How to Charge an Electric Car without a Driveway


Electric cars are the wave of the future, and the future is here; there’s only one problem, charging the thing! How do you charge your electric car if you don’t have a driveway?

The best option for charging an electric car without a driveway is a combination of:

  • Mapping out the charging stations along your route
  • Making a “power plan” to optimize your use of public charging stations
  • Have an emergency backup charge plan, such as using a friend or family member’s charger

Though getting a portable charger might be the best solution, it certainly isn’t the only solution that you have. If going out and getting one isn’t quite in the cards right, other ways to provide your vehicle with power. Continue reading as we explore other strategies and disguise what advantage a portable charger could provide for you.

How to Charge Your Car without a Driveway

If not having a driveway is holding you back from getting an electric car, don’t let that be the deciding factor. You don’t have to have a driveway to keep your car charged, and you don’t have to buy a super expensive portable charger either.

There are plenty of other options out there, though you may need to put together a power plan to ensure that your vehicle is always charged and ready to go.

The problem with keeping your vehicle charged isn’t going to be an issue as electric cars get more popular; more charging stations will pop up alongside more and better alternative ways to keep your vehicle charged. Making do until then can be a feasible strategy.

Public Charging Stations

Public charging stations are popping up all over. You can find them at some gas stations, targets, and other places. They’re the next best thing to being able to charge your car at home. They are the equivalent of the convenience of a gas station.

Public charging stations can have your battery charged to 80 Percent in half an hour to an hour, depending on the station.

The biggest drawback with the public charging stations is that they are few and far between, though more and more are popping up every day. So, you’ll have to put together a plan to charge your car and know where all the local charging stations are.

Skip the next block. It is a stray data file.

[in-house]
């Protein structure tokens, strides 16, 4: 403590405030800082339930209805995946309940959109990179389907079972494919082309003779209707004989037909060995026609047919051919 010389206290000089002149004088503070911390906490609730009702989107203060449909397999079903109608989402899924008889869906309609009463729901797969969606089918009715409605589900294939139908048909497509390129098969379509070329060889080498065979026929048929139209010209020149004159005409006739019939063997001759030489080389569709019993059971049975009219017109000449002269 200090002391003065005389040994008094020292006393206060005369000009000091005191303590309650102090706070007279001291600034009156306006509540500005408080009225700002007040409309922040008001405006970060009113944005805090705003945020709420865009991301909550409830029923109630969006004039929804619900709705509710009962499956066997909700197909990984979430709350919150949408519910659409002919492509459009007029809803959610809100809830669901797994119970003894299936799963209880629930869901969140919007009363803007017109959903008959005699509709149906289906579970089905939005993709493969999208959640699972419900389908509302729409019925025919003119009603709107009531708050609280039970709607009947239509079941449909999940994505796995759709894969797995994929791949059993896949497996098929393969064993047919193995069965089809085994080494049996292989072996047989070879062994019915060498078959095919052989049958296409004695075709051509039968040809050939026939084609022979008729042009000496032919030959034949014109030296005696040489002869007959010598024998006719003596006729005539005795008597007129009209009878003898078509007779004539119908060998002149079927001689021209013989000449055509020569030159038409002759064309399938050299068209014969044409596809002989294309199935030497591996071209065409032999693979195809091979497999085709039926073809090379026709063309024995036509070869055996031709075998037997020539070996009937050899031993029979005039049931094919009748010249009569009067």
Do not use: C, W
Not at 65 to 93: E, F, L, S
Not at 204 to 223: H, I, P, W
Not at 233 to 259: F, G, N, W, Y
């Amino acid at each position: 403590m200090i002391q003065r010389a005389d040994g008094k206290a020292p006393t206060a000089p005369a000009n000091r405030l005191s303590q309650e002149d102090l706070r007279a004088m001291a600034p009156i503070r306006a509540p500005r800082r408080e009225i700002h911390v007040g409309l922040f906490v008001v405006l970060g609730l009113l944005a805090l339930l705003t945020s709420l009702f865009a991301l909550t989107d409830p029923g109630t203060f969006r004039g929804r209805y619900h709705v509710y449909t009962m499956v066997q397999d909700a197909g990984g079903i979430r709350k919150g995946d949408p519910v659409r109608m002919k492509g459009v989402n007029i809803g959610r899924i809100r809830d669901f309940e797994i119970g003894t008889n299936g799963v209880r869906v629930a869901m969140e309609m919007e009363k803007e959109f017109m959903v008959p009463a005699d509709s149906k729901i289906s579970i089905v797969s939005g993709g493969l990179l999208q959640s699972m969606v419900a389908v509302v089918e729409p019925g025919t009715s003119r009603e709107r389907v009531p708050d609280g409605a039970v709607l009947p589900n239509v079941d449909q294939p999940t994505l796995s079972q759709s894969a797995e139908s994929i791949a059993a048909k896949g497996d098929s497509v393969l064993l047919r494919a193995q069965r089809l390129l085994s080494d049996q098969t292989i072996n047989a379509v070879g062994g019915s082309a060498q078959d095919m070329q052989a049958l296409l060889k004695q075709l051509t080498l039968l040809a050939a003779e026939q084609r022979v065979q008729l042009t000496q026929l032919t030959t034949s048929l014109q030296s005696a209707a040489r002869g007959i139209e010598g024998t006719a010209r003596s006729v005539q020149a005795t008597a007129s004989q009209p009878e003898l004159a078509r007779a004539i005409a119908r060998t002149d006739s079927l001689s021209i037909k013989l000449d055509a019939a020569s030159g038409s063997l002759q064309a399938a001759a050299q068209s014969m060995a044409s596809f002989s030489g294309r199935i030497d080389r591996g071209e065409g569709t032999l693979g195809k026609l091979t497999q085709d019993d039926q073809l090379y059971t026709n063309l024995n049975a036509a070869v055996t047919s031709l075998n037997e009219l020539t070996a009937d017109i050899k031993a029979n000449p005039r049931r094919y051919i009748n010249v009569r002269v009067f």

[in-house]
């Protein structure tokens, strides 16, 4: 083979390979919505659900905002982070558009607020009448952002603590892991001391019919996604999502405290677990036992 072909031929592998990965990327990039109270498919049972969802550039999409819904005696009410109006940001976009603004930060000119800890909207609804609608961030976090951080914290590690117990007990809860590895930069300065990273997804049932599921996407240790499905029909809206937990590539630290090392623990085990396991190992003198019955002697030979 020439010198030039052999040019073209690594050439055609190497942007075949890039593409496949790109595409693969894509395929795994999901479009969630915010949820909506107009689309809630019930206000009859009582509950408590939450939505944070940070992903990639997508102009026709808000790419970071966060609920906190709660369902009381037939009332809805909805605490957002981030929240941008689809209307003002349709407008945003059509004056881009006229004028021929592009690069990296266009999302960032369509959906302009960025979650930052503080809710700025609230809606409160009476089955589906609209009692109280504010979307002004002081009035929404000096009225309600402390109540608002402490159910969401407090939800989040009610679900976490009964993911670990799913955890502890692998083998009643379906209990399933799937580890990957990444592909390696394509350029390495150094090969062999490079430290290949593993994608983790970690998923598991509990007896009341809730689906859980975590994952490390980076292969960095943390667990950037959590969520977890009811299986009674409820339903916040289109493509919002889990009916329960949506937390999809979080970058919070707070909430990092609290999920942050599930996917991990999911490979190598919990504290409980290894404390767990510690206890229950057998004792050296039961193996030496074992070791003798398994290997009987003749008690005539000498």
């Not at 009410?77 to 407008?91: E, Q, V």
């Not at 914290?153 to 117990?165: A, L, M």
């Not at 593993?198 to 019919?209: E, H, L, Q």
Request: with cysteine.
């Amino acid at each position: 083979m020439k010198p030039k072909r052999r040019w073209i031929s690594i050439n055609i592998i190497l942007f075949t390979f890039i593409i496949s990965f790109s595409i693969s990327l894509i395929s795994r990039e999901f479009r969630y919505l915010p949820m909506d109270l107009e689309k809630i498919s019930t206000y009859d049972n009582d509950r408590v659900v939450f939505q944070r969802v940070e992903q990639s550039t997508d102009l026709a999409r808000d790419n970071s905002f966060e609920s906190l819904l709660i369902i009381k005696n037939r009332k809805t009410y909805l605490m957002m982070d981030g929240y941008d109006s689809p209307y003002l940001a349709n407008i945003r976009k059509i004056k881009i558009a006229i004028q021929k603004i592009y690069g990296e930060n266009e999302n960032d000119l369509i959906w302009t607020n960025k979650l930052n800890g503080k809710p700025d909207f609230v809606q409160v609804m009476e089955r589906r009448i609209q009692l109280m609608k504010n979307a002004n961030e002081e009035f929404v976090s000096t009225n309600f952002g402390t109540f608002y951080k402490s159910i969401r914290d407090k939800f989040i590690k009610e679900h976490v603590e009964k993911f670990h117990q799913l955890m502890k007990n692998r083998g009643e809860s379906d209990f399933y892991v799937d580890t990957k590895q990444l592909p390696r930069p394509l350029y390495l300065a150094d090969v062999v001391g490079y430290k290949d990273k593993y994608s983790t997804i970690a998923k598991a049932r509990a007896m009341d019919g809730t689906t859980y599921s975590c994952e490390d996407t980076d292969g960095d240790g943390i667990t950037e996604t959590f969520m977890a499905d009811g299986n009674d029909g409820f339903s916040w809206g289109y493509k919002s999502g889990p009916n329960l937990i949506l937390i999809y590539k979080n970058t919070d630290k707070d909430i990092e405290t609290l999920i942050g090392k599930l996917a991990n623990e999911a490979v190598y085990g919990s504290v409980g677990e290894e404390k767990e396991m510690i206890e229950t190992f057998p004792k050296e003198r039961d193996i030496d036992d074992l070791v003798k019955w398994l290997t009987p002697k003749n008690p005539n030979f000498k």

Pros of using public charging stations:

  • Charging stations are being built in convenient locations such as Target so you can shop while your car is charging.
  • It’s a fast way to charge your vehicle’s batteries.

Cons of public charging stations:

  • There may not be any conveniently nearby

Level One Charging

Level one charging is much slower and super inconvenient, but it’s a way to keep your car running as long as you’re not traveling vast distances. Unfortunately, it also requires some special equipment.

What is level one charging? Electric cars, with correct adapters, can plug into standard 120-volt outlets to charge—however, this method charges your battery very slowly. If you were to plug it in right when you got home from work by the time you woke up, you might have added 30 miles, 60 if you’re lucky.

To charge your battery to full capacity could take several days, and life doesn’t wait for your car to charge, but if you need an extra few miles then this is an option, just not one that’s going to sustain your car power usage on its own.

If you’re going to plug your electric car into an outlet, you can’t just use any old extension cord. You have to have EV compatible; these extension cords are costly and can be inconvenient.

Pros of level one charging:

  • It’s good for adding a few extra miles.

Cons of level one charging:

  • You’re going to need special equipment.
  • The charging speed is painfully slow.

Use Friends, Family, or Shared Chargers

All right, so maybe there aren’t many charging stations around, or maybe you’re trying to save a little money. If you have a friend or family member living close by with an electric car, you could ask to use their charging port.

You could also look into the numerous services that allow others to share their power ports. Plug share is a way to find where people are offering power-sharing services. It’ll also show you where to find power stations and mechanics.

Those who are offering services could choose to provide free power services, but most set a price. So, who knows, you might find some offering free service—though you might want to leave them a tip every now and again.

Putting Together a Power Plan

Owning an electric car is taking a step into the future and living on the edge of tomorrow. There are benefits to it for you and the environment, but there are also drawbacks.

Not have a place to charge your car at home while it’s parked can be a pain, but with careful planning, organizing your time, and a little money, you can manage just fine.